If your eyes when seated are around 44 inches (112cn) from the floor, you will have something like an 18 degree vertical viewing angle from your eyeline up to the top of the screen. That's three degrees above the recommended maximum (15 degrees) so you should be OK provided you will be reclined slightly in your seats. It's a little high but not by much. 15 degrees would have the screen around 62cm from the floor.
If your eyes are lower than 112cms when seated then the VVA will be greater and potentially more uncomfortable, depending on how much you recline.
Your horizontal viewing angle for 16:9 is pretty much spot on with THX guidelines for their optimum seating distance (40 degrees).
If you can't have the screen any lower, there's not much you can do, but try it You're well within the maximum allowed which is a VVA of 35 degrees, and where fatigue (neck ache) is guaranteed. For example, THX will not certify a theatre if any seats provide a VVA of greater than 35 degrees.
I had a cuppa and a few minutes so thought why not
VVA is Vertical Viewing Angle - I had mentioned it long hand but didn't capitalise it so I guess it was kinda hidden in my first reply
Like a lot of things, there are standards and guidelines which can make it easier to work things out so you don't have to rely on trial and error. Knowing that a VVA of 15 degrees or less is preferred you just need to calculate what you have to see how it compares.
If you recline then the VVA becomes less and prolonged viewing more comfortable.
To measure the angles you can use a simple right angle triangle calculator, putting in the distance from your eyes to screen and the distance from centre of the screen to the top to get the VVA. Or you can use the calculator here:
That will give you around 21 degrees VVA, but if you're reclined and your resting your head on a pillow, it's unlikely to be a problem. It's usually the neck that will ache after while when looking up, but if your head is being supported by a pillow, that takes the strain from the neck.
Edited: I've just double checked the online calculator by doing it manually, and it still has a bug in it when you input diagonal measures for the screen. Width or height work fine.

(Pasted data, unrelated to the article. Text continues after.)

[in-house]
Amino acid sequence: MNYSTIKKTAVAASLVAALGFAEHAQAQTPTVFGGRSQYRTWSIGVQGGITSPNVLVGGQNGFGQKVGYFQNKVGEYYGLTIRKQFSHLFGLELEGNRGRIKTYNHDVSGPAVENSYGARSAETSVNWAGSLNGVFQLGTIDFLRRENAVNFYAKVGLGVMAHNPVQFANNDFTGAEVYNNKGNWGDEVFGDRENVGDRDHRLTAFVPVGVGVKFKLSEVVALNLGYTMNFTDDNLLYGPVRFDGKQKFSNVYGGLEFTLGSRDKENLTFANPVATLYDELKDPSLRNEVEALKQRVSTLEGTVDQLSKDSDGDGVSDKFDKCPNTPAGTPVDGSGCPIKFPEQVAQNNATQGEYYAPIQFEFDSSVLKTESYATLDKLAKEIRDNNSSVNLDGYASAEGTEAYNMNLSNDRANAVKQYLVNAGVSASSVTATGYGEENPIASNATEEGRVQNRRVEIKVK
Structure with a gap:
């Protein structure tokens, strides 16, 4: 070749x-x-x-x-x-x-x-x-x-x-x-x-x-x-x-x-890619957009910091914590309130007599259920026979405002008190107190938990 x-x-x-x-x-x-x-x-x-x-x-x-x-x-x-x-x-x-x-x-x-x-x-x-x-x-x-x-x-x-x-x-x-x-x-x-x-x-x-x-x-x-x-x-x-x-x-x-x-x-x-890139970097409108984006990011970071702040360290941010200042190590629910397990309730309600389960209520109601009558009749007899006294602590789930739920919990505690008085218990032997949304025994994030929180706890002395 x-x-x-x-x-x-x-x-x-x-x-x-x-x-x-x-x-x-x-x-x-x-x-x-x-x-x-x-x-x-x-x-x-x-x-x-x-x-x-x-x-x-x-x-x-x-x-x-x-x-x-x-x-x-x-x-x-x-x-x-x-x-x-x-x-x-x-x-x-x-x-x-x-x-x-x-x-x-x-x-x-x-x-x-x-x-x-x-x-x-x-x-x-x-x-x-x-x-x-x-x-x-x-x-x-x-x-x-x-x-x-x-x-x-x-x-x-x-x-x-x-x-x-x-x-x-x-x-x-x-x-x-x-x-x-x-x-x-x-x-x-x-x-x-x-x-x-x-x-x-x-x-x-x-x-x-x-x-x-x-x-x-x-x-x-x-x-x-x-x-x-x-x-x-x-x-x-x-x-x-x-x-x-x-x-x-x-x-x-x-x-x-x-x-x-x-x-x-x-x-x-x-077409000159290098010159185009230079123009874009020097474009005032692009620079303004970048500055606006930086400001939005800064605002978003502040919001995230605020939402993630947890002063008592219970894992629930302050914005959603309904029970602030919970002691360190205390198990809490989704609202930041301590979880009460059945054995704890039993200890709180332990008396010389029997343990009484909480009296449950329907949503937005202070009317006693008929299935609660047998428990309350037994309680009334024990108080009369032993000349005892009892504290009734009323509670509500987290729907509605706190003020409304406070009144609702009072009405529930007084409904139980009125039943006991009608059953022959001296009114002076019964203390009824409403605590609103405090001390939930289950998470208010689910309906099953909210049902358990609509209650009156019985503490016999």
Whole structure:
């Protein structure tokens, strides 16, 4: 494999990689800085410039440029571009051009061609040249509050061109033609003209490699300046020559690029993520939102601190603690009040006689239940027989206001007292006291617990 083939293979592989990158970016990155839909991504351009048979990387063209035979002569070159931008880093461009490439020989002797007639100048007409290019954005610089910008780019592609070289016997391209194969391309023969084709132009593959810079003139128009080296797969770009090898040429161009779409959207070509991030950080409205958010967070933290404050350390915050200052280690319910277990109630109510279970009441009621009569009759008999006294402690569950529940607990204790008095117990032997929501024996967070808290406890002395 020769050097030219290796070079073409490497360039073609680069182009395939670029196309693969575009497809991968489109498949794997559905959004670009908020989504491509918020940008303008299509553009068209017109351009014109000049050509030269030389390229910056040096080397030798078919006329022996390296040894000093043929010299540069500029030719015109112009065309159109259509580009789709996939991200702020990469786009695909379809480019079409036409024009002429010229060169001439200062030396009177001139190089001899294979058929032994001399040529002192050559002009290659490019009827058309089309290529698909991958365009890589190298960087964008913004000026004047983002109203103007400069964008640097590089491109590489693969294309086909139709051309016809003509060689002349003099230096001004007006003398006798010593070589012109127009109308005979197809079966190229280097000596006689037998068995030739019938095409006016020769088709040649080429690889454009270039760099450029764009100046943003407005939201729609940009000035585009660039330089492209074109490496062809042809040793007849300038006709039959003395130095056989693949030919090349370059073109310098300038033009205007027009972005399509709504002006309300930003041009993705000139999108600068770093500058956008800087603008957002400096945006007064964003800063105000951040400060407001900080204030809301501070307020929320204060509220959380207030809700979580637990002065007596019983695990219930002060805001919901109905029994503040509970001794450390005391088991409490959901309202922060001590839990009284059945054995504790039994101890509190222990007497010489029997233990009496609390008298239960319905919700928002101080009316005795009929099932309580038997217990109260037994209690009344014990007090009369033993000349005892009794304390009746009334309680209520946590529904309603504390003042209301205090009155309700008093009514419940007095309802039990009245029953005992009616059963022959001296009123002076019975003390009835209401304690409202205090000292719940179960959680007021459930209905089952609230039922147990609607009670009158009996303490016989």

I've also compared your proposed set up with mine, and they're very similar - mine is 12.7 degrees, and yours is 13.1. So ignoring the numbers and assuming we watch in a similar way, I'm not having any problems with watching tv so neither should you.
If the height to the top of the tv image (not frame) from the floor is approx 167cms (57 for tv stand, 20cm for centre and 90cm for the tv which is the max dimension I could find for it), and your eyes are approx 100cm from the floor, that will give a vertical viewing angle of 15 degrees. If the image ends up lower than that, the vertical viewing angle will be less - if the ty is approx 84cms tall (looking at the specs with no stand) then the vva will be under 14 degrees.
Having the centre in the cabinet to get the tv 20cm lower will give you a vva of under 11 degrees which will be better.
As you're reclining and looking up that will effectively reduce the viewing angle anyway.
I think you should be fine - your eyes won't be looking at the top of the image most of the time and will be closer to the centre for most content. If you're still concerned, then as you suggested, locating the centre in the cabinet will ensure the tv is as low as it possibly can be.
Mine is a similar set up to yours in terms of height, which is 57cm High for the tv cabinet, and I have the lg65c8 sitting on the stand. So that is 57cm+97cm for the TV with the stand = 154cm to the top of the TV from the floor, and for me its perfect sitting up or leaning back.
yours is 167 - 154 = means only 13cm higher than my set up. You should be fine, lots of people have their TV's mounted above fire places etc. a lot higher than your set up and they seem to get on with it ok. For me the centre of the screen has to be at eye level, if not just put the centre channel speaker in the drawer pointing up.
On a side note try pulling your LR Speakers forward so that the Front of the speaker is in line with the front edge of the Table top - at present a lot of audio is being directed straight into the table top which is not ideal.